Critique called 'drive-by shooting'
Charles Mandel and Emma Poole
For CanWest News Service and Calgary Herald
Friday, October 07, 2005
With new subdivisions of half-million-dollar houses opening every month, Calgary "is the North American tragedy in microcosm."
That's the opinion of James Howard Kunstler, an outspoken urban affairs writer who recently visited the city and posted his less-than-flattering impressions on his highly regarded web blog.
Calgary is "an archetypal city of immense glass boxes in a sterilized centre surrounded by an asteroid belt of beige residential subdivisions," Kunstler wrote.
"The vast suburbs ooze out onto the prairie to the east, along with their complements of strip malls, power centres, car dealerships and fry pits," writes the acerbic and acclaimed author of several books on suburban sprawl and New Urbanist development.
Kunstler was even less charitable when reached by phone at his home Thursday in Saratoga Springs, N.Y.
"I thought it represented pretty much all the banality of bad choices that we continue to make in this part of the world."
Some Calgarians believe Kunstler's description is unjust and spiteful.
A recent survey by the Economist on global quality of life placed Calgary third in a tie with Toronto, Perth, Adelaide, Sydney and Zurich.
It left some professional planners wondering: How could a city so great to live in, allegedly be so ugly?
"I would say he hasn't been in Calgary long enough. He's sort of done a drive-by shooting here," said local architect Wade Gibbs of Gibbs Gage Architects. "There's more attention to design in Calgary than in most other North American cities. It's unfair to summarize Calgary . . . in just eight lines (in the blog)."
Kunstler said he doesn't mean to single out Calgary, only that the Western metropolis is typical in its poor urban design, featuring a core of uninteresting glass towers from which radiate districts comprising cookie-cutter homes and big box stores.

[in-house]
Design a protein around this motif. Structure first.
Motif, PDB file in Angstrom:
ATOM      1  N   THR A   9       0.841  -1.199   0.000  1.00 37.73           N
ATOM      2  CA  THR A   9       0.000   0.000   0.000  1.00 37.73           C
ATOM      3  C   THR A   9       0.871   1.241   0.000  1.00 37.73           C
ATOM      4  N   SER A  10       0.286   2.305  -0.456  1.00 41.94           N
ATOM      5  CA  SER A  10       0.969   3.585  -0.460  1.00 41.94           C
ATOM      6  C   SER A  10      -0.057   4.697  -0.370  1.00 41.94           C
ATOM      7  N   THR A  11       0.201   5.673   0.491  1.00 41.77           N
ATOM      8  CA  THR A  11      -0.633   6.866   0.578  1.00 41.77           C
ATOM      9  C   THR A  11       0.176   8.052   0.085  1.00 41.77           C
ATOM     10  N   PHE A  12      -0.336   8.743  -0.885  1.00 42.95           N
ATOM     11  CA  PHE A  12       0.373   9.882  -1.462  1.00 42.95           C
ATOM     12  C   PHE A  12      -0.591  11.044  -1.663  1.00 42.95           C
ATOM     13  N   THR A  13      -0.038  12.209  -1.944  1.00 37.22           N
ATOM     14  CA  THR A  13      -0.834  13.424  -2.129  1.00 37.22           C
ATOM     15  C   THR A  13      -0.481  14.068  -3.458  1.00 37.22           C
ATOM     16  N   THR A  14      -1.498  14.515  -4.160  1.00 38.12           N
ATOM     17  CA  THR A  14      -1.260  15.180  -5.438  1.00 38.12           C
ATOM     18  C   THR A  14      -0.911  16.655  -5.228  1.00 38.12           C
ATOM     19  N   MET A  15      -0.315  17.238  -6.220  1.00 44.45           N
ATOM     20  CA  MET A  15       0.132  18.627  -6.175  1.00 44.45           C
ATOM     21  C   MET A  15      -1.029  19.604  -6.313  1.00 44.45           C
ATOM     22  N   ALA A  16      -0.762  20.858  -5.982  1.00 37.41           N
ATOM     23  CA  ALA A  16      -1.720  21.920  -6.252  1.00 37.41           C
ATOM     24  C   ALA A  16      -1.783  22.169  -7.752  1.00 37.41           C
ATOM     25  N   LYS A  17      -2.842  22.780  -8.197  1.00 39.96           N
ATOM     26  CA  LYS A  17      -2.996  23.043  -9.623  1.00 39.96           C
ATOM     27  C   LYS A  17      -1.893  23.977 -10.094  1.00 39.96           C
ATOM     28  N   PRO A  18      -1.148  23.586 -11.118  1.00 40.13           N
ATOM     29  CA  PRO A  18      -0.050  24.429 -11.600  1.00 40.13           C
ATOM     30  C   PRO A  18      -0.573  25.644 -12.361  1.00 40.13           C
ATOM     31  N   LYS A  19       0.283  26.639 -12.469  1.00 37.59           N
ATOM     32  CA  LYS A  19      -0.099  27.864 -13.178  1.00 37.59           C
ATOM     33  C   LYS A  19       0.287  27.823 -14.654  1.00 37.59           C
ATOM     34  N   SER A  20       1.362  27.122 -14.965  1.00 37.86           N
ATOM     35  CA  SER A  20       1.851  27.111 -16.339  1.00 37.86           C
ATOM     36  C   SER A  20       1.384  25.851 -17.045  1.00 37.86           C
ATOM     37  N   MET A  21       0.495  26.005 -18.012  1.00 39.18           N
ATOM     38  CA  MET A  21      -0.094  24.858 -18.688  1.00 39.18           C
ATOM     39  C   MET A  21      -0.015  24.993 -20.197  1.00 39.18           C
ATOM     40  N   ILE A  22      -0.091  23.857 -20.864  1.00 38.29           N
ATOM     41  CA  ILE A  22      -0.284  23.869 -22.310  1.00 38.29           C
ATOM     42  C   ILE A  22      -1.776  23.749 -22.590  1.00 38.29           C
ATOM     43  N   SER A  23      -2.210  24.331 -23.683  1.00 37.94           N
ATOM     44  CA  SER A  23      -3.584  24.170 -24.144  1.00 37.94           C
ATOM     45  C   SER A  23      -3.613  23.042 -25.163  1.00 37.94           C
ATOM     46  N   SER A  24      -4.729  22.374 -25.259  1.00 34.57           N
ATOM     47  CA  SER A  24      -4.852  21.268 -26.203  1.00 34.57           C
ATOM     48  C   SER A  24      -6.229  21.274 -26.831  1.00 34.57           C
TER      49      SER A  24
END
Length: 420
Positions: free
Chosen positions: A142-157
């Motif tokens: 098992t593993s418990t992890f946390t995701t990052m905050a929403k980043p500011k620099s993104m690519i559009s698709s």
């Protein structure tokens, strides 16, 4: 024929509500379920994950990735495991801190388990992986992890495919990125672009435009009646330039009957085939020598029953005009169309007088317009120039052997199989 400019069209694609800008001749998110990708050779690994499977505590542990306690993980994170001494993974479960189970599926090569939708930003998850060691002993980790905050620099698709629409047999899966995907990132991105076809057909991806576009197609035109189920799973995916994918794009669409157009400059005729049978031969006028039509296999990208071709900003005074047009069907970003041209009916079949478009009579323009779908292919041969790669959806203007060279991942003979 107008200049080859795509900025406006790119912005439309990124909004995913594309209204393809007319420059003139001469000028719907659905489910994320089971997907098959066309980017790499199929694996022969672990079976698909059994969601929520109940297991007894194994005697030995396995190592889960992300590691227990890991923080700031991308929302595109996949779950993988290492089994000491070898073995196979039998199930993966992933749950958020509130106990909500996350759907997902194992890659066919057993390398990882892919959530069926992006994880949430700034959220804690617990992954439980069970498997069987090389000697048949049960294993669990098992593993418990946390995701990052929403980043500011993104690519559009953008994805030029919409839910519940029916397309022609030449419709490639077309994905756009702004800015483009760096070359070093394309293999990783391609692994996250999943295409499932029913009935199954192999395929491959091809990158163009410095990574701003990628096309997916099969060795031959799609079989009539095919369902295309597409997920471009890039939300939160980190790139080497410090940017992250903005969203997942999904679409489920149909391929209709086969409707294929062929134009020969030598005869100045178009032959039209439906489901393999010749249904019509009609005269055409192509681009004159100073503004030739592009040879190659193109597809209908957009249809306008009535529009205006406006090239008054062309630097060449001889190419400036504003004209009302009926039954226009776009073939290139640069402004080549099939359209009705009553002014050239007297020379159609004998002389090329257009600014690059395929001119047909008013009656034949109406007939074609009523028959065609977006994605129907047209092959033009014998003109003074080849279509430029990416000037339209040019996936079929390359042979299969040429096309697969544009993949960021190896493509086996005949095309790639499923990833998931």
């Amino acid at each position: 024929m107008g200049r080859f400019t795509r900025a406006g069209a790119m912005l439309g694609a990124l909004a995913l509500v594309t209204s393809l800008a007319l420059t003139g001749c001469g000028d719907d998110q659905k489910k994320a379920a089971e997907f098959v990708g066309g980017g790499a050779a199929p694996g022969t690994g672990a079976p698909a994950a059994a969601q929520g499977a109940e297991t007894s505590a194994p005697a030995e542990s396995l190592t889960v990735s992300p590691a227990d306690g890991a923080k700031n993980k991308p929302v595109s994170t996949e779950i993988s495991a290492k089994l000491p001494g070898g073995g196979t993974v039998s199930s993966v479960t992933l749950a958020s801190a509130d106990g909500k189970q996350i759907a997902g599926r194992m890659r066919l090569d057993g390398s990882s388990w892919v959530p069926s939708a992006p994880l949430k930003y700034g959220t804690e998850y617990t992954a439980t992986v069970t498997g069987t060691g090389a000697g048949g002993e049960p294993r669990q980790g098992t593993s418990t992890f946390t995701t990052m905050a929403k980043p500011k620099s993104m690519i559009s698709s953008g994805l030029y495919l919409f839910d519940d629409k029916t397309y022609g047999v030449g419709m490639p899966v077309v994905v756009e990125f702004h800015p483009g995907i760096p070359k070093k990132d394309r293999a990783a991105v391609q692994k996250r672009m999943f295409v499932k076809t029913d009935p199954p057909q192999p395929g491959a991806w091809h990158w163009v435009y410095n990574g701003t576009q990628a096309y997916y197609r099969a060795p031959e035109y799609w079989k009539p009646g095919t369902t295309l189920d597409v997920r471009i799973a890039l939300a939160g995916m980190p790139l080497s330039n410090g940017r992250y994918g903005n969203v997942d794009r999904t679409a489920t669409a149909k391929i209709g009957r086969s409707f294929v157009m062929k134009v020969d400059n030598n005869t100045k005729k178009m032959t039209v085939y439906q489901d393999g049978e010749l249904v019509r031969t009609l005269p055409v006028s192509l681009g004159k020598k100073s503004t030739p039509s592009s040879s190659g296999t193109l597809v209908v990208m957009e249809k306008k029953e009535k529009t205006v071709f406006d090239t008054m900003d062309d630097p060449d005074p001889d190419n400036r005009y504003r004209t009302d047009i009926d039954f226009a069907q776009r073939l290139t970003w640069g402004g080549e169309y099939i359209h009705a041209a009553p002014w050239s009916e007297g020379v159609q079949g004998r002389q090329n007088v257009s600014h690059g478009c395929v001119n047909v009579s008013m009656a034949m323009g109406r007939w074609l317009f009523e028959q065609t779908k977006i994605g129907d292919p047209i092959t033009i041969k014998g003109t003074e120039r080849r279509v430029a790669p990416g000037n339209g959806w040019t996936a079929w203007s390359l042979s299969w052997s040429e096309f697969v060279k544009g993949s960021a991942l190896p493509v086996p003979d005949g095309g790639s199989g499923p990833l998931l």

In his most recent book, The Long Emergency, Kunstler argues the depletion of fossil fuels will cause cities to become denser in the core while the suburbs collapse.
Gibbs said Calgary's downtown core is built using "corporate-driven architecture."
Behind every tower design is a client, a budget and a vision, said Gibbs.
Just because Kunstler doesn't like the look of the area, doesn't make it a bad design, he said.
While it might seem Kunstler has it in for Calgary, the former writer for Rolling Stone isn't any more forgiving of other Canadian cities. The only thing he noticed on his last visit to Vancouver was that the downtown apartment towers tended to sit on podium-like structures with blank walls at their base.
Ottawa, he said, was overburdened with experimental modernist buildings that sit in the city like objects lost in space, and Windsor is "banal and boring."
Edmontonians shouldn't get too smug about Kunstler's description of Calgary. While he enjoyed the northern Alberta city more, Kunstler said: "It was interesting to be in such a substantial town so far away from anything."
It's that antagonistic attitude that has Calgary city planners scoffing at Kunstler's radical views.
"He uses the same language when he describes any city in North America," said Brent Toderian, manager of city-centre planning and design for the city.
"In many cases I agree with him, but sometimes he goes too far," he said. "He's not totally off, but he's not aware of the strides we've made."
Toderian said Calgary is doing better at creating centres of activities within communities.
As well, he said, local architects and planners have designed top-quality projects Kunstler wouldn't have seen from the highway.
Communities such as McKenzie Towne, Garrison Woods and The Bridges are examples of thriving urban and suburban planning.
"There's been a lot of beige in the past. We realize that the centre city architecture could be improved," said Toderian. "We're an extremely successful and exciting city and our architecture should reflect that. We have to avoid cheesy theming."
Is there any place the author likes?
"I don't think North America is in very good shape now anywhere," Kunstler groused, but added, "Some places are not as bad as others."
He cited Toronto and Montreal as two of the better cities because they have lively downtowns and strong public transit systems.
But overall, Kunstler has little good to say about the state of North American cities. He said no quick fix exists for poorly designed urban centres.